Brand Ivanka ditches fashion for politics – but it’s a little too late
America Letter: Donald Trump’s daughter has failed to address the toxic ties between family, business and her role in the White House
Ivanka Trump: the 36-year-old daughter of Donald Trump and adviser to the president announced she is closing her brand in order to focus on her work in public policy. Photograph: Reuters/Joshua Roberts
The news this week that the Ivanka Trump clothes and jewellery line is no more was greeted with widespread glee from critics of the Trump presidency, and in particular those who have long highlighted the toxic ties between family, business and politics that characterise this administration.
The 36-year-old daughter of Donald Trump and adviser to the president announced she is closing her brand in order to focus on her work in public policy. Noting that she did not know “when or if I will ever return to the business”, she added: “I do know that my focus for the foreseeable future will be the work I am doing here in Washington, so making this decision now is the only fair outcome for my team and partners,” she said.
Late-night TV hosts couldn’t resist a jibe at the so-called first daughter.
“The good news is that no American jobs will be lost, because almost every piece of her clothing was made overseas,” said late-night host Jimmy Kimmel.
Seth Myers also chipped in. “Ivanka Trump announced today that she is closing her fashion brand. And look, I know it’s tempting to make jokes, but please - thousands of kids are out of a job . . .” he said, referencing the heiress’s well-documented use of cheap labour in Asia to make most of her products.
Their gags hit on a fundamental truth about the president’s eldest daughter.
Ivanka Trump has struggled to present a credible argument that she has addressed the blatant conflict-of-interest concerns that have swirled around her since she and her husband Jared Kushner joined Donald Trump in the White House.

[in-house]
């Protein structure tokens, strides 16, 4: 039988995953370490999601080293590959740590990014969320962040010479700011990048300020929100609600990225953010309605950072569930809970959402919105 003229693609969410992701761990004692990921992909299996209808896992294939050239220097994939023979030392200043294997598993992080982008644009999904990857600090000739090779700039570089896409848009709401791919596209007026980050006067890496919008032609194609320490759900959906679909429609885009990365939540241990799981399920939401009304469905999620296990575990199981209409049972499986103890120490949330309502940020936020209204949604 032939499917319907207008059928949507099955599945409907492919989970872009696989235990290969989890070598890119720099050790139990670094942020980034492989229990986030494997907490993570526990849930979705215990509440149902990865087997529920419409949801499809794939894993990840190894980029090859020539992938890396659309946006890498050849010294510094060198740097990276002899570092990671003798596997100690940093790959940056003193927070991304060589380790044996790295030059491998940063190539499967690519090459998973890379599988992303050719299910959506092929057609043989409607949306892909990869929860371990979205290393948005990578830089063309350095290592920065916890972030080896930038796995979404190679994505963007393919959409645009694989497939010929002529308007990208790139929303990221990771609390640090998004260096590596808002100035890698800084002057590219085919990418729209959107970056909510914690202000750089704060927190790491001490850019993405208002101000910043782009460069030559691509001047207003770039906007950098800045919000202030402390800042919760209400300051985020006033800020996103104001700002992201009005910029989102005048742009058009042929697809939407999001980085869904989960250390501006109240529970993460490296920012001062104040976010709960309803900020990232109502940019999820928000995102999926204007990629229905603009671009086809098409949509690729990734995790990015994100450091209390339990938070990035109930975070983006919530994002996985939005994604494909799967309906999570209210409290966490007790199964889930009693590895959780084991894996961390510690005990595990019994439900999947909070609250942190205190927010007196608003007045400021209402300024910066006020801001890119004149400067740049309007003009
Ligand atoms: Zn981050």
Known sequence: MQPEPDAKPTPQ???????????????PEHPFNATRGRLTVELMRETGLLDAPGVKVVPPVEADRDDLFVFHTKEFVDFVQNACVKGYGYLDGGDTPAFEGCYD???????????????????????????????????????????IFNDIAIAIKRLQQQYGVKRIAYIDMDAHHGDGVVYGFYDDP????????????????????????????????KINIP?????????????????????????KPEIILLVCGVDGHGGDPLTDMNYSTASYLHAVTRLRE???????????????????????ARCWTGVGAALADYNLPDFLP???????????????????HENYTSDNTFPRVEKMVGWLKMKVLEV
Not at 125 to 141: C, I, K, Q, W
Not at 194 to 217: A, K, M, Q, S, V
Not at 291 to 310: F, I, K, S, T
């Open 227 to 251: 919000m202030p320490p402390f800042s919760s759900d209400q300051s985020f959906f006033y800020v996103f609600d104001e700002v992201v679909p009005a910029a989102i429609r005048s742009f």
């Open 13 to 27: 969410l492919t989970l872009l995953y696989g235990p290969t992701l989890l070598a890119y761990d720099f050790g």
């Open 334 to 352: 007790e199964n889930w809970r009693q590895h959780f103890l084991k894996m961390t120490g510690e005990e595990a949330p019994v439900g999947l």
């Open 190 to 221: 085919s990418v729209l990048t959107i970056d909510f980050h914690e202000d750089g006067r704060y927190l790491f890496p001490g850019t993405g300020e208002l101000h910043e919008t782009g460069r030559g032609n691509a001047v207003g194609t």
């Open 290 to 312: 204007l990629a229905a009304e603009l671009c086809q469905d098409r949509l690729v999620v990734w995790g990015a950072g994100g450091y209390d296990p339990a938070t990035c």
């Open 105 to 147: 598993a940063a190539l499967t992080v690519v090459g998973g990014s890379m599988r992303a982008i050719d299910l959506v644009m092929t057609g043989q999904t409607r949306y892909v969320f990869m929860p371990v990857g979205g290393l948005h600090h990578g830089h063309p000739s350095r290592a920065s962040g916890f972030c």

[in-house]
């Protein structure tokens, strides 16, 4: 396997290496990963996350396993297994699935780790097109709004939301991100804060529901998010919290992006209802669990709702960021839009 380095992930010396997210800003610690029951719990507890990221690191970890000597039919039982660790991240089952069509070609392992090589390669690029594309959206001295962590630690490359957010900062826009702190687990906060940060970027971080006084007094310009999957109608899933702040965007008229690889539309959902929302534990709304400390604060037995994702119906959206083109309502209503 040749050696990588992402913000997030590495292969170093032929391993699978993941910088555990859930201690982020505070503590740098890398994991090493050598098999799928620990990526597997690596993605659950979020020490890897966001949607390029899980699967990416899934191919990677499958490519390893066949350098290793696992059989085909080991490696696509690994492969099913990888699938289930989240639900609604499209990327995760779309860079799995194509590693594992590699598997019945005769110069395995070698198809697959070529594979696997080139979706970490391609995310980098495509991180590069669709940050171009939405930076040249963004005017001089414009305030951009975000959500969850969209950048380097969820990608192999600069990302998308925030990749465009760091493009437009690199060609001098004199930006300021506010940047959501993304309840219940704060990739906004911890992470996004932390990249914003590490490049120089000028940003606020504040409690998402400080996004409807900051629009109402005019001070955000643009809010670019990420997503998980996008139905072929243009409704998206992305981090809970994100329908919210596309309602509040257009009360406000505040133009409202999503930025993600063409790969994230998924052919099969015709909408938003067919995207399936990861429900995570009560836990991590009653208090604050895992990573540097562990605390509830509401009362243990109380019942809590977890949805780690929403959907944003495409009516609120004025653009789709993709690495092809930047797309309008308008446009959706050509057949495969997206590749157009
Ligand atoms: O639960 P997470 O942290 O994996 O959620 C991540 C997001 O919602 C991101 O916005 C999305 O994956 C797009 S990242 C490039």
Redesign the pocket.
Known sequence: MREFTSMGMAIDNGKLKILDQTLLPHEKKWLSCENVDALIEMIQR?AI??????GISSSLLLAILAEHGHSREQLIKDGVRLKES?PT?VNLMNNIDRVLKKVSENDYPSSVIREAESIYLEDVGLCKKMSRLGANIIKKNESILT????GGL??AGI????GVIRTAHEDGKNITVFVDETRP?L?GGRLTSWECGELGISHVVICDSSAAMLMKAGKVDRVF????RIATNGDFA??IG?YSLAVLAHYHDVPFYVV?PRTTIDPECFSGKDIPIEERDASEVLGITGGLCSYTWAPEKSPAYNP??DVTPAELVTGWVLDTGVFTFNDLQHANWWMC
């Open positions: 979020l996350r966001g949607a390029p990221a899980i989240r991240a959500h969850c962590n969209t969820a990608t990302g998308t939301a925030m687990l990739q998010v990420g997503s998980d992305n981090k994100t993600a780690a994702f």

The arrangements she put in place to address government ethics rules were hardly convincing – while she outsourced day-to-day running of the business when she joined the administration, she retained ownership of the brand, ensuring that she would ultimately profit from any policy measures that could benefit her business.
But it was her presence at a dinner with Chinese leader Xi Jinping at her father’s private club, Mar-a-Lago in Florida, last year that brought her business interests under fresh scrutiny. She sat beside Xi at a banquet – the following day three Ivanka Trump trademarks were approved by the Chinese authorities. She and her husband were also assiduously courted by representatives of the Chinese government in the early months of the Trump presidency.
Sceptics believe her move to shut the brand had a purely financial motivation. Several department stores had dropped or scaled back their offering, beginning with upmarket department store Nordstrom, which announced last year it would no longer stock her fashion lines due to falling sales. The decision prompted an outburst by her father on Twitter, who said Ivanka had been treated “so unfairly” by Nordstrom.
Other retailers have followed suit, most recently Canadian chain Hudson Bay Company. The impact of the Trump presidency on the family business interests are difficult to ascertain. Though campaigns like #Grabyourwallet have urged consumers to shop with their conscience when it comes to the Trumps, there is little publicly-available information on the financial performance of the brand.
Government ethics filings show that Ivanka and her husband earned more than $80 million in income and capital gains last year from their various business interests.
Others see another motive. The president’s eldest daughter is popular among Republicans, with some suggesting that she could have a career in politics.
In her first 18 months in the job she has managed to keep above the Russia investigation fray, quietly meeting with lawmakers on Capitol Hill to pursue her signature policy of paid parental leave. Her decision to sit in at a G7 meeting in place of her father in Germany last year also prompted speculation about her political ambitions.
Where Republican fans see poise and grace, critics see someone who has chosen a wilful silence in the face of unacceptable policies. Ivanka was widely panned for failing to reject her father’s zero-tolerance policy on immigration, which saw children being separated from their parents, while she posted social media pictures of herself with her children.
Her decision to divest herself from her namesake fashion brand is too little too late for many. The first daughter is unlikely to care, however. By leaving the door open to resurrecting her clothing brand, she can return to her business if and when her father’s presidency falls apart. If not, the prospect of candidate Ivanka always remains a possibility.